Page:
The easiest way to create a confident canine that behaves well is to spend more time focusing on the things the dog does right than correcting those he does wrong. Sure Fido gets plenty of corrections when he does number two where he's not supposed to - but do you spend the same or, better yet, more rime kissing, hugging, stroking, and loving him when he relieves himself in the right place or performs some other minor feat? I doubt it. Most people don't. At best there's a "good boy" and a pat on the head. But what happened to "Yeah! What a good fella!" followed by kisses, hugs, a belly scratch, a head rub, more kisses, extra hugs, and then, when you're done, repeating the whole process all over again?

Your neighbors might find your antics a bit strange, but why should that stop you? Your dog will be well behaved, while they're struggling along for months or years with homes reeking like bad pet shops and full of chewed furniture. You'll always have the last laugh. I've even had people tell me their kids got potty trained at the same time they were working with Fido because of all the praising and loving going on. Now that's a fringe benefit if ever I heard one!

You must present a clear picture for your dog of exactly what makes you happy. Dogs usually don't have an opportunity to see this as clearly as we think they do. We all know that pets are willing to please their owners - so when they don't, don't you think it might be that their owners just aren't getting their points across? We don't have to dominate our dogs with corrective techniques, we just have to go overboard on all the things our four-footed best friends do properly. Believe me, they do more good things than you probably realize, so we must take the time to constantly tell them how wonderful they are. We must love, kiss, hug, and touch them for every positive accomplishment. Dogs that feel good about themselves will behave better for you. If you build their confidence, they will respond in kind. They must have a good self-image. If they think they're a failure at life, then what's the sense of trying? Let them know how smart, intelligent, and well loved they are. They'll live up to your expectations.

And please don't reserve your positive thoughts and actions only for those times when Fido has done something right. It's okay to tell him how wonderful he is for no reason at all. Stroke his ego and help him build a positive self-image. Tell him what a good dog he is, even if he's done nothing at all. Praise him, tell him he's wonderful, and give him a hug and a kiss for no reason. And while you're at it, give him a hug and a kiss for me.

Does Fido Think?

I hope someone from up above will help me, because I know I'm going to get myself in a lot of hot water with what I'm about to say. One of the most heated debates between myself and many clinically trained behaviorists and psychologists is over whether dogs have the ability to think and make decisions. Many people who study animal behavior maintain that most animals don't think or make independent decisions. Instead they believe that Fido's responses are conditioned and in fact are ones we have helped create. Some say that the extent of Fido's response is to come running when he hears the refrigerator door open, since food almost always follows and we have conditioned him to this response. But you know what's so strange?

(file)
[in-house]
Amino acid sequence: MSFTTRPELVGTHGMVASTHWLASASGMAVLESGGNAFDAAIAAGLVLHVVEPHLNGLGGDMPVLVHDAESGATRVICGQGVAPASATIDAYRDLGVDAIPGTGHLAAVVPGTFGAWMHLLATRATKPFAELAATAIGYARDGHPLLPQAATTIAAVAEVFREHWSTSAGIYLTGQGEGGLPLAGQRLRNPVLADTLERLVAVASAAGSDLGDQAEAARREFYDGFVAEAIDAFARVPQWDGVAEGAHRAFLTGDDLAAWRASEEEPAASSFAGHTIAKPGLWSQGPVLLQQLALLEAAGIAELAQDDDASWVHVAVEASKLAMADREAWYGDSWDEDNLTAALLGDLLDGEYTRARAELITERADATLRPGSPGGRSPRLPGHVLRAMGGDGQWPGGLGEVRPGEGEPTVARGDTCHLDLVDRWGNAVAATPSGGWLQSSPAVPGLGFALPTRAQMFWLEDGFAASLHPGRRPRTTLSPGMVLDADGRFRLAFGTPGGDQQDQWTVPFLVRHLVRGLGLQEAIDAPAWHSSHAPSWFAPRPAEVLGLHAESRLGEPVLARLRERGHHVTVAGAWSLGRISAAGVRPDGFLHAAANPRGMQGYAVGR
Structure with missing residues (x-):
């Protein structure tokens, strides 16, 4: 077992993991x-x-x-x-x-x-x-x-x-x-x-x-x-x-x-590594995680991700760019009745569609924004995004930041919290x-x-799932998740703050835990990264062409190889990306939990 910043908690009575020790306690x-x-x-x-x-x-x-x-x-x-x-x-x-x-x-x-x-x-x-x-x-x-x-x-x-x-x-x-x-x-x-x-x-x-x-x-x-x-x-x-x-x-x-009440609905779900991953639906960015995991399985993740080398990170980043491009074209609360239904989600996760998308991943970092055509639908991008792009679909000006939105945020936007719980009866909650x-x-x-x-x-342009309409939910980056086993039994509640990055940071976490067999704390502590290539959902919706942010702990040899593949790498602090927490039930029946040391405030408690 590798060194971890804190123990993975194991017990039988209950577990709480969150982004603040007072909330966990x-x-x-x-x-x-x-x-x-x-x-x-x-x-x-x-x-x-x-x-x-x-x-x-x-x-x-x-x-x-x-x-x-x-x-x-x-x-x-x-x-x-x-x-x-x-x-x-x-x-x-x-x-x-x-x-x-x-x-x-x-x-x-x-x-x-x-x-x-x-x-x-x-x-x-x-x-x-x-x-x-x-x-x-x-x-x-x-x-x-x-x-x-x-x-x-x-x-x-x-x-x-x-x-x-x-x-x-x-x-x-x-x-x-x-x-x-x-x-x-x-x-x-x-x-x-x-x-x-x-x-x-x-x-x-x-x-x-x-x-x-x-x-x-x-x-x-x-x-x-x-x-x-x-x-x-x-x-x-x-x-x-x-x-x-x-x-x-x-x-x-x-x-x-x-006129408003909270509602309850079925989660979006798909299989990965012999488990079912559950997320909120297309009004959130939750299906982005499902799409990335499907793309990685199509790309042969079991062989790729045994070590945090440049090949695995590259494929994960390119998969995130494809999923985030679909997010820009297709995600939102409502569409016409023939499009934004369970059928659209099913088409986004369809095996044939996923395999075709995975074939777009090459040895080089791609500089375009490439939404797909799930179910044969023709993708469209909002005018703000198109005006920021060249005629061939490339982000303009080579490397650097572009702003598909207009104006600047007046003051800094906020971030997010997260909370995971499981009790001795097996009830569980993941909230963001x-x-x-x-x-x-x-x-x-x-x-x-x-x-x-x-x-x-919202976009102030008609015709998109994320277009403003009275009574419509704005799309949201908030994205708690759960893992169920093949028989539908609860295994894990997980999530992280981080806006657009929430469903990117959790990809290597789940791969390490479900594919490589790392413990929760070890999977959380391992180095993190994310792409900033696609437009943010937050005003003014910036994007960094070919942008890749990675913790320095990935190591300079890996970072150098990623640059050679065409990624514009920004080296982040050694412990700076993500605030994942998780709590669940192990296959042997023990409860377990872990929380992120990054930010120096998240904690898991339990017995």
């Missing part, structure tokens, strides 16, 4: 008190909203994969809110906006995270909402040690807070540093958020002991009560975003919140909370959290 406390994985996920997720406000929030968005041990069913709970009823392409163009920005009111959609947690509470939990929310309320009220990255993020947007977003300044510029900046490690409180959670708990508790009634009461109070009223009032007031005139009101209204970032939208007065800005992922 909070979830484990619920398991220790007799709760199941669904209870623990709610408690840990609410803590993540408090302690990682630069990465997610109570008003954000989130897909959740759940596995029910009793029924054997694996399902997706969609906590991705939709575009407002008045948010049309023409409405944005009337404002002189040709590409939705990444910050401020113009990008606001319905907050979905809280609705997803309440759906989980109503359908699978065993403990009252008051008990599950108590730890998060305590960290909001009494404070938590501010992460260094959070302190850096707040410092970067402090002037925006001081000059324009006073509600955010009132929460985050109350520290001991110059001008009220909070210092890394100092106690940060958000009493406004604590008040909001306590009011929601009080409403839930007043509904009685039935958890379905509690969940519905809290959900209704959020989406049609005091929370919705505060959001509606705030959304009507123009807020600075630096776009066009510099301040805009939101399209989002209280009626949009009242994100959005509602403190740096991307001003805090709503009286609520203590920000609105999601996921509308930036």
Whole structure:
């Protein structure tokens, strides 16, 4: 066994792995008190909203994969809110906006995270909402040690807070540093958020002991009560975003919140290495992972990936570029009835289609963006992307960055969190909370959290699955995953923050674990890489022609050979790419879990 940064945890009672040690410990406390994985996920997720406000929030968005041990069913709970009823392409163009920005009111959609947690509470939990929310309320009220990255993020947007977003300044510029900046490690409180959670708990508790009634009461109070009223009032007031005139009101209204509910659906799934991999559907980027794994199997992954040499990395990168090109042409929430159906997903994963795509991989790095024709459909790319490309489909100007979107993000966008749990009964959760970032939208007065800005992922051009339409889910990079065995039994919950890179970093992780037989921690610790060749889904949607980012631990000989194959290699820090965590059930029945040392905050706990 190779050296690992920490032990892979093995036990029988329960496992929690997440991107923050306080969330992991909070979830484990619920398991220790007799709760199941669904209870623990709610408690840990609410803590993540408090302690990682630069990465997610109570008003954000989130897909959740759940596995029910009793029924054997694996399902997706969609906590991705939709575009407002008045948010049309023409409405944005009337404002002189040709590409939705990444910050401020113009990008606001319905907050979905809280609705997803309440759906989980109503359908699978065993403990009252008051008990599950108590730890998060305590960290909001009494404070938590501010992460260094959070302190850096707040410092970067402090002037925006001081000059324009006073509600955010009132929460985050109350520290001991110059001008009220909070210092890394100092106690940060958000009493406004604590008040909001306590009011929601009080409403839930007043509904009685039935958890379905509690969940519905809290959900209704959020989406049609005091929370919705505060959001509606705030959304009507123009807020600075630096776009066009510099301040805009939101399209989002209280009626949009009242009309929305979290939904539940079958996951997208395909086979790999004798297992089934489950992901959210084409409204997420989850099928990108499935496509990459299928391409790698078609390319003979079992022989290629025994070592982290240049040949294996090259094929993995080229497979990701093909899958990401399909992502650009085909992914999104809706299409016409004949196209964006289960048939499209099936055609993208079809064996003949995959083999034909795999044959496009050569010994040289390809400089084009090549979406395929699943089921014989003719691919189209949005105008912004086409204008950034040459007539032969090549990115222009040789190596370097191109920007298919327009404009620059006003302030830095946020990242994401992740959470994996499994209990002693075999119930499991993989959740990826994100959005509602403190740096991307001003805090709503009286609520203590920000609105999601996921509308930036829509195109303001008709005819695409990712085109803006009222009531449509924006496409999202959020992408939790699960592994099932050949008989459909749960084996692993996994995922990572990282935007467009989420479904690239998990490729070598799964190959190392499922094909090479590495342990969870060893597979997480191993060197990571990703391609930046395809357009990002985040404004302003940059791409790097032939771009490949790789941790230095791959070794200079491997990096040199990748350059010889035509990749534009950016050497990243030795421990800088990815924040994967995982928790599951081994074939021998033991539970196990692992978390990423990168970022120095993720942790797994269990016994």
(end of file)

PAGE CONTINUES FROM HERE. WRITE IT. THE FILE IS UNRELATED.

When I'm hungry and I hear my wife in the kitchen opening the refrigerator, I come running, too. Either I'm only as intelligent as my dog or my dog is as intelligent as I am in this regard - it depends on how you look at it. Some of these experts insist that only man is capable of putting one and one together and coming up with two, that only man can assess a situation and think out what his response should be. Well, both Tige and I have learned to put one and one together when we hear the refrigerator door open, and we both come running. Sometimes it's a race to the kitchen to see who can get there first. Tige usually beats me. He's learned to bolt past me with ease, while I slow down or risk falling flat on my derriere. That dog outsmarts me every time.

I believe that dogs are very capable of applying their minds in an array of situations. And the degree of their intelligence can vary from breed to breed and dog to dog - -just like people. Here's a case in point.

Years ago, when 1 was working with dogs in Europe, I witnessed an intelligence test given by some of the foremost trainers and behaviorists in the field. The test involved having various breeds of dog negotiate a high wall in order to get to the other side. Dog after dog jumped over the wall. Finally, it was the standard poodle's turn. The poodle stood there for a moment, as if to size up the obstacle in front of him. Then he casually walked around the wall and joined his fellow canine competitors on the other side of it. These so-called experts concluded that the poodle had failed the test - he hadn't possessed the intelligence to jump over it.

I, on the other hand, concluded that the poodle was the smartest of all the dogs tested. When confronted with this obstacle, he analyzed the situation and chose the easiest way of achieving the goal of getting to the other side of the wall - he simply walked around it! After all, it took a lot less exertion to walk around the obstacle than to jump over it! If that's not thinking, I don't know what is!